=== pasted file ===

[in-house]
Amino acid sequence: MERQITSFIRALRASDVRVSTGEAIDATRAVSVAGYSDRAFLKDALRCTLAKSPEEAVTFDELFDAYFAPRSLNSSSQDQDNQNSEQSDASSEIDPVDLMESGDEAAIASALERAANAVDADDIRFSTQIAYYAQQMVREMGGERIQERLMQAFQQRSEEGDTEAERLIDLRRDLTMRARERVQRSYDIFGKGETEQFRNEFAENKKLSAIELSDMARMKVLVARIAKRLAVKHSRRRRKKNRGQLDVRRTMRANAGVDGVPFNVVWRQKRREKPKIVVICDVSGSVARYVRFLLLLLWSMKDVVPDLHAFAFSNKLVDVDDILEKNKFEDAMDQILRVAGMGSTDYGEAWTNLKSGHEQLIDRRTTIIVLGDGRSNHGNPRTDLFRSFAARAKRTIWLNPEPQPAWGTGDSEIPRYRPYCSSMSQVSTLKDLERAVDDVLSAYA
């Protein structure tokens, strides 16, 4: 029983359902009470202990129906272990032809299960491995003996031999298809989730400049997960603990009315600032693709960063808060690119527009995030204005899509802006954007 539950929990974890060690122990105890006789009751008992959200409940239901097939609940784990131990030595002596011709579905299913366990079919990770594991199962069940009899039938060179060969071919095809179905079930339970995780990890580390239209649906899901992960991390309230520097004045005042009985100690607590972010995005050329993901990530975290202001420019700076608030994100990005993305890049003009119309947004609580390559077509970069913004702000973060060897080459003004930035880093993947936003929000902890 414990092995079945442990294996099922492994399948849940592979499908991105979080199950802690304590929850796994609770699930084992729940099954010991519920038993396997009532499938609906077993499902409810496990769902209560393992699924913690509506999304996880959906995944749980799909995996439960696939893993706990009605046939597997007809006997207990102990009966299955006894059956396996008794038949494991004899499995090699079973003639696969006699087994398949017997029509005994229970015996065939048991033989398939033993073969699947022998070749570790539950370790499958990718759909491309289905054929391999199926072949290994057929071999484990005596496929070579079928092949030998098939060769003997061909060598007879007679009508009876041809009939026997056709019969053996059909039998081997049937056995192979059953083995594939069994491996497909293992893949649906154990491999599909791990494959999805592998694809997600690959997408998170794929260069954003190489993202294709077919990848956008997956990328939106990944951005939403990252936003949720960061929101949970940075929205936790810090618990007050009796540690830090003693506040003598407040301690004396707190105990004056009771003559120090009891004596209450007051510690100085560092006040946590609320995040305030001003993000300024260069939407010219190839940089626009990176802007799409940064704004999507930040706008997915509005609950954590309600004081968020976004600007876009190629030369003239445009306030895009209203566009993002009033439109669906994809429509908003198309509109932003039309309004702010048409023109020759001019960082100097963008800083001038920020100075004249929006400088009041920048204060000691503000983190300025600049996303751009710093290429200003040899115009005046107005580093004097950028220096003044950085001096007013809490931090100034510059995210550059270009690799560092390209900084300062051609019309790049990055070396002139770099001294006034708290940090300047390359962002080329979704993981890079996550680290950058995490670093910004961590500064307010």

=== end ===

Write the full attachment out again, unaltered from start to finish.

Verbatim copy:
[in-house]
Amino acid sequence: MERQITSFIRALRASDVRVSTGEAIDATRAVSVAGYSDRAFLKDALRCTLAKSPEEAVTFDELFDAYFAPRSLNSSSQDQDNQNSEQSDASSEIDPVDLMESGDEAAIASALERAANAVDADDIRFSTQIAYYAQQMVREMGGERIQERLMQAFQQRSEEGDTEAERLIDLRRDLTMRARERVQRSYDIFGKGETEQFRNEFAENKKLSAIELSDMARMKVLVARIAKRLAVKHSRRRRKKNRGQLDVRRTMRANAGVDGVPFNVVWRQKRREKPKIVVICDVSGSVARYVRFLLLLLWSMKDVVPDLHAFAFSNKLVDVDDILEKNKFEDAMDQILRVAGMGSTDYGEAWTNLKSGHEQLIDRRTTIIVLGDGRSNHGNPRTDLFRSFAARAKRTIWLNPEPQPAWGTGDSEIPRYRPYCSSMSQVSTLKDLERAVDDVLSAYA
């Protein structure tokens, strides 16, 4: 029983359902009470202990129906272990032809299960491995003996031999298809989730400049997960603990009315600032693709960063808060690119527009995030204005899509802006954007 539950929990974890060690122990105890006789009751008992959200409940239901097939609940784990131990030595002596011709579905299913366990079919990770594991199962069940009899039938060179060969071919095809179905079930339970995780990890580390239209649906899901992960991390309230520097004045005042009985100690607590972010995005050329993901990530975290202001420019700076608030994100990005993305890049003009119309947004609580390559077509970069913004702000973060060897080459003004930035880093993947936003929000902890 414990092995079945442990294996099922492994399948849940592979499908991105979080199950802690304590929850796994609770699930084992729940099954010991519920038993396997009532499938609906077993499902409810496990769902209560393992699924913690509506999304996880959906995944749980799909995996439960696939893993706990009605046939597997007809006997207990102990009966299955006894059956396996008794038949494991004899499995090699079973003639696969006699087994398949017997029509005994229970015996065939048991033989398939033993073969699947022998070749570790539950370790499958990718759909491309289905054929391999199926072949290994057929071999484990005596496929070579079928092949030998098939060769003997061909060598007879007679009508009876041809009939026997056709019969053996059909039998081997049937056995192979059953083995594939069994491996497909293992893949649906154990491999599909791990494959999805592998694809997600690959997408998170794929260069954003190489993202294709077919990848956008997956990328939106990944951005939403990252936003949720960061929101949970940075929205936790810090618990007050009796540690830090003693506040003598407040301690004396707190105990004056009771003559120090009891004596209450007051510690100085560092006040946590609320995040305030001003993000300024260069939407010219190839940089626009990176802007799409940064704004999507930040706008997915509005609950954590309600004081968020976004600007876009190629030369003239445009306030895009209203566009993002009033439109669906994809429509908003198309509109932003039309309004702010048409023109020759001019960082100097963008800083001038920020100075004249929006400088009041920048204060000691503000983190300025600049996303751009710093290429200003040899115009005046107005580093004097950028220096003044950085001096007013809490931090100034510059995210550059270009690799560092390209900084300062051609019309790049990055070396002139770099001294006034708290940090300047390359962002080329979704993981890079996550680290950058995490670093910004961590500064307010």